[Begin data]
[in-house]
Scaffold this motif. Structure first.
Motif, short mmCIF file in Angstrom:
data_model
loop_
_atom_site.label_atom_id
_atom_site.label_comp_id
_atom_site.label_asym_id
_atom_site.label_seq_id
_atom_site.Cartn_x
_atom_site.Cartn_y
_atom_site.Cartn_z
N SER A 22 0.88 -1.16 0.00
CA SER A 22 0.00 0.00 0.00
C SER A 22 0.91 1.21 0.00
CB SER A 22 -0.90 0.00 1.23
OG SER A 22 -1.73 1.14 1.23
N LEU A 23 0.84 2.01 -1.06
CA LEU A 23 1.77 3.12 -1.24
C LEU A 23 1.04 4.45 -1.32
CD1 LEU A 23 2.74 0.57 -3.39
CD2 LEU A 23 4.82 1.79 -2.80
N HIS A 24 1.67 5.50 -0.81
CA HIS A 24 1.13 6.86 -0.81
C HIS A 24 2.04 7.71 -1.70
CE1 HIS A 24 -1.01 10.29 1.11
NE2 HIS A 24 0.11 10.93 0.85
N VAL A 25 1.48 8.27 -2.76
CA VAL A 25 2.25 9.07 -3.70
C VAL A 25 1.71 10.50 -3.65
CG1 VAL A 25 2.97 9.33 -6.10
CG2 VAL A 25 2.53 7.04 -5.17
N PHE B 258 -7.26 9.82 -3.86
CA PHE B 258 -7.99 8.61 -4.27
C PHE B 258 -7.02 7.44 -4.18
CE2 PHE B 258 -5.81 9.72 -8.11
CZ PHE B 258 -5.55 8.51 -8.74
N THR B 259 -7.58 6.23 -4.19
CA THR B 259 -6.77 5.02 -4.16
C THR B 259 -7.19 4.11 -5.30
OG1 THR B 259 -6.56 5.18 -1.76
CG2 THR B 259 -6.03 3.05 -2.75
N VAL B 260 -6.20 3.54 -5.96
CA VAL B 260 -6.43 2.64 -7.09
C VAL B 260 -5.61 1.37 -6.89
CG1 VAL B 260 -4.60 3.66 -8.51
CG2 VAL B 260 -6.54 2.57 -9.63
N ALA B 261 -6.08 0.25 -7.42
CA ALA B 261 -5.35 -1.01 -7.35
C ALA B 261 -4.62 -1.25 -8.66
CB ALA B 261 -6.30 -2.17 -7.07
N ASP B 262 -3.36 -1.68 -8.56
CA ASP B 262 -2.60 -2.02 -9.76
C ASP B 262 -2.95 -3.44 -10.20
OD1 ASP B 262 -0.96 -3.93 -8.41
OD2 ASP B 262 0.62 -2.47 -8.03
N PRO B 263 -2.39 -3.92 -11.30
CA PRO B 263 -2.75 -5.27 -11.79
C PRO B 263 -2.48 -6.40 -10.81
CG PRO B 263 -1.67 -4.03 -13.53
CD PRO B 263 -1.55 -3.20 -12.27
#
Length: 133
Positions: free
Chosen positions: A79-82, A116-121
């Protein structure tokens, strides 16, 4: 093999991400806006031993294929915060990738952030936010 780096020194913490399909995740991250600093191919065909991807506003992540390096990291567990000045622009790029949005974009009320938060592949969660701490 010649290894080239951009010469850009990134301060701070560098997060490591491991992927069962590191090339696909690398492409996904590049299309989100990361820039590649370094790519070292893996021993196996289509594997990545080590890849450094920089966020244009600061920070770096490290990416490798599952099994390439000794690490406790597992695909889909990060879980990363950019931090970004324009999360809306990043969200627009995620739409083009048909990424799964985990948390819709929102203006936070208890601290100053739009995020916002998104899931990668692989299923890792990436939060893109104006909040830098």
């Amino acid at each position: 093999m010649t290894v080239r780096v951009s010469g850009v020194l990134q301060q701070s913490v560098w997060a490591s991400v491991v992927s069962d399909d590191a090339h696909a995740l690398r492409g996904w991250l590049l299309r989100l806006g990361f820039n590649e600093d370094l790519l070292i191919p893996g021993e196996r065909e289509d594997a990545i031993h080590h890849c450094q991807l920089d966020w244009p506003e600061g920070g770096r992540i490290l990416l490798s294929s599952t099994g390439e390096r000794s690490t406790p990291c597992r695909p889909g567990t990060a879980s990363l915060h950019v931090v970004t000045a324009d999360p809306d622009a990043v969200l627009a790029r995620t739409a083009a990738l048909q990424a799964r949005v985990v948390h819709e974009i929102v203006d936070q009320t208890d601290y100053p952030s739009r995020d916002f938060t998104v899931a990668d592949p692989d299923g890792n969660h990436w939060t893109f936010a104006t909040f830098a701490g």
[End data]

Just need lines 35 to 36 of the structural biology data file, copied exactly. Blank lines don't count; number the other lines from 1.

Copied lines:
C PHE B 258 -7.02 7.44 -4.18
CE2 PHE B 258 -5.81 9.72 -8.11